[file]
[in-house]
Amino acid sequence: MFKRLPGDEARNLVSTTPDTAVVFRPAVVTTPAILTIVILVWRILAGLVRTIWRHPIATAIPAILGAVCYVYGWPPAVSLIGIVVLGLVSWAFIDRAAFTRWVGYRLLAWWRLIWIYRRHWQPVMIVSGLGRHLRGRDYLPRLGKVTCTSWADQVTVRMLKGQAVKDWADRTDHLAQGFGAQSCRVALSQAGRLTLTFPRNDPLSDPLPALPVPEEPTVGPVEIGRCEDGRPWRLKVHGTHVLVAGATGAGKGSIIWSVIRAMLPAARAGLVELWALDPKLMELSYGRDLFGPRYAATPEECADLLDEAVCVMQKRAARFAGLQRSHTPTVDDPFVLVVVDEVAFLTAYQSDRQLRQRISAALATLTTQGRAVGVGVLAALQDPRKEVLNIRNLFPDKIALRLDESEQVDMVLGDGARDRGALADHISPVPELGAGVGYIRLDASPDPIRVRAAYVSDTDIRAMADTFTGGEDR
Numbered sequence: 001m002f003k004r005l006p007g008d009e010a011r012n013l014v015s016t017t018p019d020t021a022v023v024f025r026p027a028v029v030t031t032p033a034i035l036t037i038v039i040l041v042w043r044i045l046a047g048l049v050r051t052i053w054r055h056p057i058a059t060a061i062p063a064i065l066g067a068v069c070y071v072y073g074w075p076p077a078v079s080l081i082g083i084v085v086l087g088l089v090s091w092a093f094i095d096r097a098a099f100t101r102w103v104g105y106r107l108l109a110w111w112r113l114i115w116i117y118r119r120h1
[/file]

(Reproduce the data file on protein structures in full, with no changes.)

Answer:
[in-house]
Amino acid sequence: MFKRLPGDEARNLVSTTPDTAVVFRPAVVTTPAILTIVILVWRILAGLVRTIWRHPIATAIPAILGAVCYVYGWPPAVSLIGIVVLGLVSWAFIDRAAFTRWVGYRLLAWWRLIWIYRRHWQPVMIVSGLGRHLRGRDYLPRLGKVTCTSWADQVTVRMLKGQAVKDWADRTDHLAQGFGAQSCRVALSQAGRLTLTFPRNDPLSDPLPALPVPEEPTVGPVEIGRCEDGRPWRLKVHGTHVLVAGATGAGKGSIIWSVIRAMLPAARAGLVELWALDPKLMELSYGRDLFGPRYAATPEECADLLDEAVCVMQKRAARFAGLQRSHTPTVDDPFVLVVVDEVAFLTAYQSDRQLRQRISAALATLTTQGRAVGVGVLAALQDPRKEVLNIRNLFPDKIALRLDESEQVDMVLGDGARDRGALADHISPVPELGAGVGYIRLDASPDPIRVRAAYVSDTDIRAMADTFTGGEDR
Numbered sequence: 001m002f003k004r005l006p007g008d009e010a011r012n013l014v015s016t017t018p019d020t021a022v023v024f025r026p027a028v029v030t031t032p033a034i035l036t037i038v039i040l041v042w043r044i045l046a047g048l049v050r051t052i053w054r055h056p057i058a059t060a061i062p063a064i065l066g067a068v069c070y071v072y073g074w075p076p077a078v079s080l081i082g083i084v085v086l087g088l089v090s091w092a093f094i095d096r097a098a099f100t101r102w103v104g105y106r107l108l109a110w111w112r113l114i115w116i117y118r119r120h1